Sanders of the River
is a 1935 British film directed by the Hungarian-British director, Zoltán Korda, based on the stories of Edgar Wallace. It is set in Colony and Protectorate of Nigeria. The lead Nigerian characters were played by African Americans, Paul Robeson and Nina Mae McKinney.
Sanders (Leslie Banks) is a British colonial District Commissioner (British Colonial) in Colonial Nigeria. He tries to rule his province fairly, including the various tribes comprising the Peoples of the River. He is regarded with respect by some and with fear by others, among whom he is erred to as "Sandi" and "Lord Sandi". He has an ally in Bosambo,
a literate and educated chief (played by the American actor, Paul Robeson).
When Sanders goes on leave, another chief, King Mofolaba,
spreads the rumour that "Sandi is dead." Intertribal war seems inevitable, and the situation is made worse by gun-runners and slavers.
His relief, Lord Ferguson, is unequal to the task. Sanders returns to restore peace. When Bosambo's wife Lilongo
(Nina Mae McKinney) is kidnapped, the chief tracks down her kidnappers. Captured by them, he is saved by a relief force commanded by Sanders. Bosambo kills King Mofolaba in retaliation for his wife's kidnapping.
- Leslie Banks as Commissioner R.G. Sanders
- Paul Robeson as Bosambo
- Nina Mae McKinney as Lilongo
- Martin Walker (actor) as J. Ferguson
- Robert Cochran as Lieutenant Tibbets (as Robert Cochrane)
- Richard Grey as Captain Hamilton
- Toto Ware as King Mofolaba
- Marqués De Portago as Farini
- Eric Maturin as Smith
- Allan Jeayes as Father O'Leary
- Charles Carson (actor) as Sir John
- Jomo Kenyatta as Tribal Leader
Paul Robeson disowns the film
The African-American singer and actor Paul Robeson, a civil rights activist, accepted the role of Bosambo while living in London. At the time, he was studying the roots of pan-African culture through studies of language and music. He felt that if he could portray the Nigerian leader, Bosambo, with cultural accuracy and dignity, he could help audiences—especially Black audiences—to understand and respect the roots of Black culture. He took the role on the condition that the film would portray Africans positively.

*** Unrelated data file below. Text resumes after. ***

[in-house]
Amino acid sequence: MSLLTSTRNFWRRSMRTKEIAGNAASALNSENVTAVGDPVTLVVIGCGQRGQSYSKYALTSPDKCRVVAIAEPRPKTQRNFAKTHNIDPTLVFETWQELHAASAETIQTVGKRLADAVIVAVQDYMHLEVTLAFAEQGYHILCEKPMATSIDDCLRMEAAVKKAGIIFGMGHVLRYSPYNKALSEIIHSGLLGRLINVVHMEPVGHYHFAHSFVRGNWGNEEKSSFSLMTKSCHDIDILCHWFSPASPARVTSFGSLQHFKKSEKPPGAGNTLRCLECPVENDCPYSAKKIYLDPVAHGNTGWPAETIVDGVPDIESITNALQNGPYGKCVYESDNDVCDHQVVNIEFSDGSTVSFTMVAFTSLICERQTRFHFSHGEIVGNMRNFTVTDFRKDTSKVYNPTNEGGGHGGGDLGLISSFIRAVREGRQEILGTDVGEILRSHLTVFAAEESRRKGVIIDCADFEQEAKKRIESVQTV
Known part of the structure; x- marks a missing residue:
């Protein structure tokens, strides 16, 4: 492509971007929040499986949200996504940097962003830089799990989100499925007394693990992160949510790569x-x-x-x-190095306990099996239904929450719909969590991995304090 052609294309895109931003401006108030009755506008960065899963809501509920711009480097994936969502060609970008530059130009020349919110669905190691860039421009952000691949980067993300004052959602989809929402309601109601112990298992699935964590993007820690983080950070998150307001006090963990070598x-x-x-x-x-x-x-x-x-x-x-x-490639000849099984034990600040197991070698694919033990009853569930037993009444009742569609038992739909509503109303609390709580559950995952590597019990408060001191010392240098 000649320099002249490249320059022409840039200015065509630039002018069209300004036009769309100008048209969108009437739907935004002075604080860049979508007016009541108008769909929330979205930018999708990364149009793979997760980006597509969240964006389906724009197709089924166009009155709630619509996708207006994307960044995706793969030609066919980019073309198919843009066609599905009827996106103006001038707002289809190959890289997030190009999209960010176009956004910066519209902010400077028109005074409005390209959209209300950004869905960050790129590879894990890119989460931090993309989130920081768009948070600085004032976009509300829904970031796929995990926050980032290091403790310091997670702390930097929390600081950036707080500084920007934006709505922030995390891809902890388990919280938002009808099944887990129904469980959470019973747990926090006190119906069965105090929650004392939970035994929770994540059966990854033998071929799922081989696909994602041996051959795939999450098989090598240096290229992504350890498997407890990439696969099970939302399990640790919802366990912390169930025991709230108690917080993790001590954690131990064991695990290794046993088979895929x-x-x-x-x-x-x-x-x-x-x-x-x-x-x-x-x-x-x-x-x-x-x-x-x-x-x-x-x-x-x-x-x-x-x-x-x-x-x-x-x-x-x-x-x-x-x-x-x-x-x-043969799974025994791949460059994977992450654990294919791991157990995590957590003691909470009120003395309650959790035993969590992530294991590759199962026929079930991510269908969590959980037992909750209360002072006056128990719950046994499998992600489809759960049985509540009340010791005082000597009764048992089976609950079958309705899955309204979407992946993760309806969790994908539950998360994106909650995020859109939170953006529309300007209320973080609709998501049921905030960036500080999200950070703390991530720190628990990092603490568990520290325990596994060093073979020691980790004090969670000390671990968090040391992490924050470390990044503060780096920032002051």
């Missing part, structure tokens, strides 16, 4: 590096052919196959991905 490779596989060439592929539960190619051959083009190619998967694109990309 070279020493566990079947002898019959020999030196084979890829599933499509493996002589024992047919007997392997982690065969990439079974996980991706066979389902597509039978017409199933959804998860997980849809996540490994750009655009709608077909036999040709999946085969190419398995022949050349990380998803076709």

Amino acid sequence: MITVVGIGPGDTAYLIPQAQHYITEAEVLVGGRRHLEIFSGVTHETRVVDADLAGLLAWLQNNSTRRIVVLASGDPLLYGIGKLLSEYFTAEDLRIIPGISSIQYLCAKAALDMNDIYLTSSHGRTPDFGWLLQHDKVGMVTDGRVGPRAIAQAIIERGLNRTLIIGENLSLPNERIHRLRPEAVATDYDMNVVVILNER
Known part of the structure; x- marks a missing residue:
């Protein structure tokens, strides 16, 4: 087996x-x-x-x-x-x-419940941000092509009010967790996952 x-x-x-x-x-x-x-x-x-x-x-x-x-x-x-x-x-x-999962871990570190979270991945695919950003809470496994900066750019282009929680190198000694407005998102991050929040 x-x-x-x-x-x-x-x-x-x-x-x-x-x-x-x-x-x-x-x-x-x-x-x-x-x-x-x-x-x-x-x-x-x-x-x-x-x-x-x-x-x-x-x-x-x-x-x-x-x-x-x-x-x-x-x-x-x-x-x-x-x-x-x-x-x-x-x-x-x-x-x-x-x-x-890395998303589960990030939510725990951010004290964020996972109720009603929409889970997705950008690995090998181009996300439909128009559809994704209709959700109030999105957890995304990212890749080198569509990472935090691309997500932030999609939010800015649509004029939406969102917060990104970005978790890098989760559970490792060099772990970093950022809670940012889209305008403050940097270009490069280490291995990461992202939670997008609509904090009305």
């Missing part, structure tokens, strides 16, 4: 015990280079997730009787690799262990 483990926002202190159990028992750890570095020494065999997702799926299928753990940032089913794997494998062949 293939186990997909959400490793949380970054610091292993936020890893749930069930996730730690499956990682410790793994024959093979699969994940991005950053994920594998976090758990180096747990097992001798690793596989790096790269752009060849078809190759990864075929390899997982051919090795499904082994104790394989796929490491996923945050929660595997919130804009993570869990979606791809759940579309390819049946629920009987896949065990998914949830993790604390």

The filmmakers took an unusual step towards authenticity by sending a film crew on a four-month voyage into remote areas of the African continent. They recorded traditional African dances and ceremonies, with the intention of using this footage integrated with scenes shot in the studio that included the future President and Prime Minister of Kenya Jomo Kenyatta as one of the film extra.
In 1963 producer Harry Alan Towers made a German/British international co-production small scale version of the film, Death Drums Along the River
set in the modern day only using some of the names of the characters.
Category:1930s adventure films
Category:1930s drama films
Category:Films about race and ethnicity
Category:Films directed by Zoltán Korda
Category:Films set in Nigeria
Category:Films set in the British Empire
Category:Films based on works by Edgar Wallace